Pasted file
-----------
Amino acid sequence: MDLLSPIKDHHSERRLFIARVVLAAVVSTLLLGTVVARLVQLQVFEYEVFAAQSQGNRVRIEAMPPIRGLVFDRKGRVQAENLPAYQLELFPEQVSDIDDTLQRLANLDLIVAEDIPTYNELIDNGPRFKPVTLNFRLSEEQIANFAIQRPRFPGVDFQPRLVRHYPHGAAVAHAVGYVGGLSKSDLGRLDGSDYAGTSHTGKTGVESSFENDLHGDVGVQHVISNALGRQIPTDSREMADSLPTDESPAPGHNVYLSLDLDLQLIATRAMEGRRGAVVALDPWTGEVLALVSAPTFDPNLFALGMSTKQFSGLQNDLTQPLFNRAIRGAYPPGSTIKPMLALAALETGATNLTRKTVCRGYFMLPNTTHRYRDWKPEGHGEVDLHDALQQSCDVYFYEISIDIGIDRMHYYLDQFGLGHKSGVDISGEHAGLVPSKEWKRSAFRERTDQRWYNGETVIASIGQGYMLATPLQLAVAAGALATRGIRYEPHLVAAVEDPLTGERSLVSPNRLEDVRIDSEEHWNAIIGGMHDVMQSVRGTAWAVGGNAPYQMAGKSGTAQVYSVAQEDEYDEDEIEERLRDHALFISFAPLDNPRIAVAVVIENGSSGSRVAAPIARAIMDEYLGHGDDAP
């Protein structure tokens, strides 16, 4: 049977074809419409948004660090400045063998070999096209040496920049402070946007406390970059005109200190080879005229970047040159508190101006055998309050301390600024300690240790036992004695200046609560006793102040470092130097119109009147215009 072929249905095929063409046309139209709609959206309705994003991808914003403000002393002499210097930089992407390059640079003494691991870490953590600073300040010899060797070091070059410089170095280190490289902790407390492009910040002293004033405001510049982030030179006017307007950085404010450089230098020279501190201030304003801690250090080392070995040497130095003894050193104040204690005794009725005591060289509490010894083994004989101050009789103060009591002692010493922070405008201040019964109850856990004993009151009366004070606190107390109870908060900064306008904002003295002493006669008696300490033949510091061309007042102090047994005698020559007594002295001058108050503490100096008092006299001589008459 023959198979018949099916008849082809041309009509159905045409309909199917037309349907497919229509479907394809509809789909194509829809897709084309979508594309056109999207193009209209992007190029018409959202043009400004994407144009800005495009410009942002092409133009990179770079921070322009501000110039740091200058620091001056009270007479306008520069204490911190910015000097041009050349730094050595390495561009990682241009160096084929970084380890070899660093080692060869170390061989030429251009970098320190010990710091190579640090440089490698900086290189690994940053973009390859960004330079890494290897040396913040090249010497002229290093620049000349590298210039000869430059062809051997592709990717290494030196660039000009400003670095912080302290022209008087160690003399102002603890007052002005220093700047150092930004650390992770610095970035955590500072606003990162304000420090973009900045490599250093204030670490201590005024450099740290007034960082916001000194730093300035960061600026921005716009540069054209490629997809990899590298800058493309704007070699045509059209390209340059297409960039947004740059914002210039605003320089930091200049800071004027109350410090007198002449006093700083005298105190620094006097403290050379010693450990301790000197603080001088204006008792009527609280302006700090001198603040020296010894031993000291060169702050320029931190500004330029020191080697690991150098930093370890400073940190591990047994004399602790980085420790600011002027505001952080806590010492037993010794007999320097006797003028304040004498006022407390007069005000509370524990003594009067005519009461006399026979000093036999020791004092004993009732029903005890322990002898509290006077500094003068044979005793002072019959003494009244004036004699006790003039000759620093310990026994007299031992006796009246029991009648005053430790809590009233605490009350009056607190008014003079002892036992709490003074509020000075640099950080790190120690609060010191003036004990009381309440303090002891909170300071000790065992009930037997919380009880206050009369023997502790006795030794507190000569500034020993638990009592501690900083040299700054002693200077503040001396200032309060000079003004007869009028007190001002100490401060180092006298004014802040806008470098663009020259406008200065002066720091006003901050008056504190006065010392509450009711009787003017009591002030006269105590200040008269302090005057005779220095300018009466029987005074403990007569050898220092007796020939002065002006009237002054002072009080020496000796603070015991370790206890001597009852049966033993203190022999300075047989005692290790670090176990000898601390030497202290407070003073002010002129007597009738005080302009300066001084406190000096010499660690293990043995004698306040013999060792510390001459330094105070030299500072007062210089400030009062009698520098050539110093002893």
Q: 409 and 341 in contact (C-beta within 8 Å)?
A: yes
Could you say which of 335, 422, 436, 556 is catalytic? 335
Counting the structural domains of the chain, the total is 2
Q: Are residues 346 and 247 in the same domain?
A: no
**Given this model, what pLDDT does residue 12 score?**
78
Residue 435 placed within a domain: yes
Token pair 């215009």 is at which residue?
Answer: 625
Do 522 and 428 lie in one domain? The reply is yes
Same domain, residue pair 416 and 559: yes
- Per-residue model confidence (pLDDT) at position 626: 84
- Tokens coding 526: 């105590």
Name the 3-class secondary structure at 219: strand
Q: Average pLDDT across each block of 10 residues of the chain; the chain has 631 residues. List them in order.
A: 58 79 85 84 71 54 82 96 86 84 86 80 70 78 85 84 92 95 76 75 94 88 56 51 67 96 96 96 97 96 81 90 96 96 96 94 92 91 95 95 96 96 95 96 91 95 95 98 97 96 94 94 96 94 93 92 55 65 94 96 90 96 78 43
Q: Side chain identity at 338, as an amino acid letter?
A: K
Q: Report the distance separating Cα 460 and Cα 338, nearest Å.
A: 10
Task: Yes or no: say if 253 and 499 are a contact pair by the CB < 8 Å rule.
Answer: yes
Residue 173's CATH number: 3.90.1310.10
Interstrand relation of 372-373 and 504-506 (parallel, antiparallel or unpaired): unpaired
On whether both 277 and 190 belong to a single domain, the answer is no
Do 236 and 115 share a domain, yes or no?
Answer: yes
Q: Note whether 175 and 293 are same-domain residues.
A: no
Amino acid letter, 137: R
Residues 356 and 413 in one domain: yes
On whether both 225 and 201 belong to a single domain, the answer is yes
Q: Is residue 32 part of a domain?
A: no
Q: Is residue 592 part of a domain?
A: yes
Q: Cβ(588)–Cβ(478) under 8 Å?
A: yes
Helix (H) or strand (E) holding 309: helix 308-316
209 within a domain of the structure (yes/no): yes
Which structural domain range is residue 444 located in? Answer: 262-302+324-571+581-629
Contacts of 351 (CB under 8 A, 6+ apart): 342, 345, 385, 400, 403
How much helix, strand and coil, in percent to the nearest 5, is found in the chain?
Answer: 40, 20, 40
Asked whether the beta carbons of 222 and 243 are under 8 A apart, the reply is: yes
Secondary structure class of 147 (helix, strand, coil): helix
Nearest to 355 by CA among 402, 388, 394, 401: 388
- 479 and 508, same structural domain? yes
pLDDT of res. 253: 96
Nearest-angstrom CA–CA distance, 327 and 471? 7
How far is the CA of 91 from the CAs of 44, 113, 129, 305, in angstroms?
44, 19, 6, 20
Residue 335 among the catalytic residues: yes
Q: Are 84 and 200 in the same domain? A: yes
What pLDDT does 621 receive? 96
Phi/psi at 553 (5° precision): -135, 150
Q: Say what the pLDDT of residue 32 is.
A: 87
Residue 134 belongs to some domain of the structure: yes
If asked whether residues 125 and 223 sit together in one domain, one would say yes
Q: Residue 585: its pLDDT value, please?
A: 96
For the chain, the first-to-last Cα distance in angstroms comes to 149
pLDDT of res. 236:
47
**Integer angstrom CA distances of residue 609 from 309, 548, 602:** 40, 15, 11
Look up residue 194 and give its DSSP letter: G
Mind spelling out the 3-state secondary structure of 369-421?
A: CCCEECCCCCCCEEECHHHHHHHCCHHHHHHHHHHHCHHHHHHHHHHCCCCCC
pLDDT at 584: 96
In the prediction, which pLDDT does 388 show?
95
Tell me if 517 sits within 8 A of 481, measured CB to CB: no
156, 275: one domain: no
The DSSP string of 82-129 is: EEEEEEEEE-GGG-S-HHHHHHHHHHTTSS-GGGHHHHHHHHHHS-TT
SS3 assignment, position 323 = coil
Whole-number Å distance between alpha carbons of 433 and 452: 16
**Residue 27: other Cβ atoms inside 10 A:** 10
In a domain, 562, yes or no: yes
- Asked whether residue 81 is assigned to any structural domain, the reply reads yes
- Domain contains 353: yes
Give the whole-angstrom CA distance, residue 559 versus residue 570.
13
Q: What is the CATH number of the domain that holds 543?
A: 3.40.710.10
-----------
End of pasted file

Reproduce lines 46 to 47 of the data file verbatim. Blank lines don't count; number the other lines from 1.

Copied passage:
Contacts of 351 (CB under 8 A, 6+ apart): 342, 345, 385, 400, 403
How much helix, strand and coil, in percent to the nearest 5, is found in the chain?